Shortly after in 2013, Vlad Mnih and collaborators at DeepMind released the Deep Q Network (DQN), which was the first system to play Atari video games autonomously from pixel inputs. This groundbreaking achievement paved the way for modern RL called Deep RL because it utilized deep neural networks to estimate how likely particular actions are to lead to high rewards. The DQN algorithm was at the core of subsequent advances like AlphaGo and AlphaStar.
While most RL research today focuses on algorithms to develop reward maximizing agents in simulated settings, the RL framework is quite general and is already starting to be applied to solve a variety of practical problems.
Recommender systems: Recommender systems aim to recommend products or content to a user that will have higher likelihood to convert or engage. The number of possible products a system could recommend is quite large and efficient algorithms are needed to not only select products a user will like most, but also make sure these selections will increase the company’s desired long-term metrics. Examples of RL being used to power recommender systems include product recommendation at Alibaba and video recommendations at YouTube.
Over the last few years, new RL algorithms have been developed specifically tailored for recommender systems. One example is SlateQ, which uses RL to present a slate of items to the user. SlateQ is designed to deal with the combinatorially large space of potential product recommendations to drive overall user satisfaction.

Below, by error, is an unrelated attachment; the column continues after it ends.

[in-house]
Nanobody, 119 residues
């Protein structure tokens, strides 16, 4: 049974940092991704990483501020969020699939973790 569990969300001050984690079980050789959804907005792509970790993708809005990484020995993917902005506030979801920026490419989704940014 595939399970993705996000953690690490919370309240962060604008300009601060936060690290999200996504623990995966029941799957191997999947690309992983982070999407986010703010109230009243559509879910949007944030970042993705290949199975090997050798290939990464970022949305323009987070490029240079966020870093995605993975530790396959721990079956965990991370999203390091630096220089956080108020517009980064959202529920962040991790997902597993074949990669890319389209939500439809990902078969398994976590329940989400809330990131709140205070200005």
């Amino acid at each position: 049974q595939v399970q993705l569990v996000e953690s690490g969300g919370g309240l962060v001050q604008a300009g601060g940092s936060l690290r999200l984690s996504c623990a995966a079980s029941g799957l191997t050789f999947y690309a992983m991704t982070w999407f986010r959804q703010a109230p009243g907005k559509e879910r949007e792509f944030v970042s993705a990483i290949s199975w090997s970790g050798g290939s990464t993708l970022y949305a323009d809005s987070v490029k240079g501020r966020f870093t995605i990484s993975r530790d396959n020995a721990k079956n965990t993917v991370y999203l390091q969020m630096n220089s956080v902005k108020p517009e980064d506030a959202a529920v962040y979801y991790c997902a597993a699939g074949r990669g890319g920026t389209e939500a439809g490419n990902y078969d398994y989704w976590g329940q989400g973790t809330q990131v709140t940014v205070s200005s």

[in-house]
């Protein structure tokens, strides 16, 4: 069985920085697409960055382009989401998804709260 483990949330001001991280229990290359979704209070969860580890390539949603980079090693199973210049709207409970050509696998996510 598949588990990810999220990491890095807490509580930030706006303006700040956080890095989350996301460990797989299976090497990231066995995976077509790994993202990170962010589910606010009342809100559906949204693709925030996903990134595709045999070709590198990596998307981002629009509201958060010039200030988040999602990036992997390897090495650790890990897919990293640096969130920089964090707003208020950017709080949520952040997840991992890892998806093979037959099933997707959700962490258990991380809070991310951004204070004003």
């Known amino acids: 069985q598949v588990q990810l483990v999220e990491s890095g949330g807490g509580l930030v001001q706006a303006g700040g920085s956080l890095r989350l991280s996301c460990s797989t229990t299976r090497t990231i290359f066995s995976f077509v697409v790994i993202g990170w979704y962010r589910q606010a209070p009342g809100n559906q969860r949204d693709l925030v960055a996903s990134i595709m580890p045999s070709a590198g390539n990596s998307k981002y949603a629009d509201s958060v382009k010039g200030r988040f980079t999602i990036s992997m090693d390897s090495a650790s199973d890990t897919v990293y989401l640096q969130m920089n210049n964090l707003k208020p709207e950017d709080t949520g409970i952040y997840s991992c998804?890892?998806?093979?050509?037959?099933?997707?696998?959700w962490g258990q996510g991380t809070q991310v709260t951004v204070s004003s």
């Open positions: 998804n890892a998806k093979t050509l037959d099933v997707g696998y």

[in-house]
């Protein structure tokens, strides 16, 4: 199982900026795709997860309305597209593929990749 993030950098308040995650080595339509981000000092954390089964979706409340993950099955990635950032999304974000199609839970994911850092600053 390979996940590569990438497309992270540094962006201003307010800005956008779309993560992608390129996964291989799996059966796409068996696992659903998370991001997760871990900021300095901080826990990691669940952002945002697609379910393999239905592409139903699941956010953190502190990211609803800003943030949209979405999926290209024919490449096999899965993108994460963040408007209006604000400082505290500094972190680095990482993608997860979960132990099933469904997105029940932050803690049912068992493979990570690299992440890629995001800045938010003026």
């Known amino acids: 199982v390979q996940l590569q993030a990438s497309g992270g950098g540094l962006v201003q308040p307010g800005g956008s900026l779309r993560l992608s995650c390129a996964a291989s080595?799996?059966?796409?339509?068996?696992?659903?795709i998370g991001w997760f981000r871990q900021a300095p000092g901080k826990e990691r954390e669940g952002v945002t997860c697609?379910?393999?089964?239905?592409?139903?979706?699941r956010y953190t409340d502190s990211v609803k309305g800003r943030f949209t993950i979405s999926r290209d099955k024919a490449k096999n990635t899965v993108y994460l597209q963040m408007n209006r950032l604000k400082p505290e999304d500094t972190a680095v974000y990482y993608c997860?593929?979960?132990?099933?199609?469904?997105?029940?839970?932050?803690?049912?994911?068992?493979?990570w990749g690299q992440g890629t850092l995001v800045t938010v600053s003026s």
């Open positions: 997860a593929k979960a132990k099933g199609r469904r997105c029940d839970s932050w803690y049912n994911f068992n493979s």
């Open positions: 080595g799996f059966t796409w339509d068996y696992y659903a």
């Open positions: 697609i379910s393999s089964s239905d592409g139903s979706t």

One important aspect to keep in mind when deploying RL algorithms is to make sure that the reward function is set up to maximize the company’s long-term metrics, such as satisfaction with the company’s product. For example, in the mid 2010s YouTube learned that while their recommendations were increasing user engagement, they were not increasing long-term user satisfaction. This was due to implicit bias, when it is unclear if a user is clicking on a video because it is their intent or simply because the recommendation was present on the screen. Since then Google released a new RL algorithm that addresses implicit bias.
Autonomous vehicle navigation: RL is being used today to plan paths and control autonomous vehicles (AVs) at Tesla. One example of RL usage for AVs is to plan a path to autonomously park a car. The number of possible paths a car could explore is exponential, which results in slow and inefficient path planning with traditional methods. At AI day, Tesla showcased an algorithm based on AlphaGo to find faster and more efficient plans.
Cooling data centers: Another useful application of RL has been cooling data centers at Google. Data centers consume a lot of energy and the computers they house dissipate it as heat. Maintaining an operational data center requires sophisticated cooling systems, which are expensive to run. With RL, Google was able to deploy cooling on-demand to eliminate wasteful periods where cooling was not needed.
In this post, we covered an informal introduction to what is RL and why it’s useful. These are just three of many practical applications of RL. It’s exciting that one algorithmic framework is general enough to apply to such a broad range of problems.
Next up, we'll explore how the mathematical framework for RL actually works. Or, check out our other resources below for more on RL: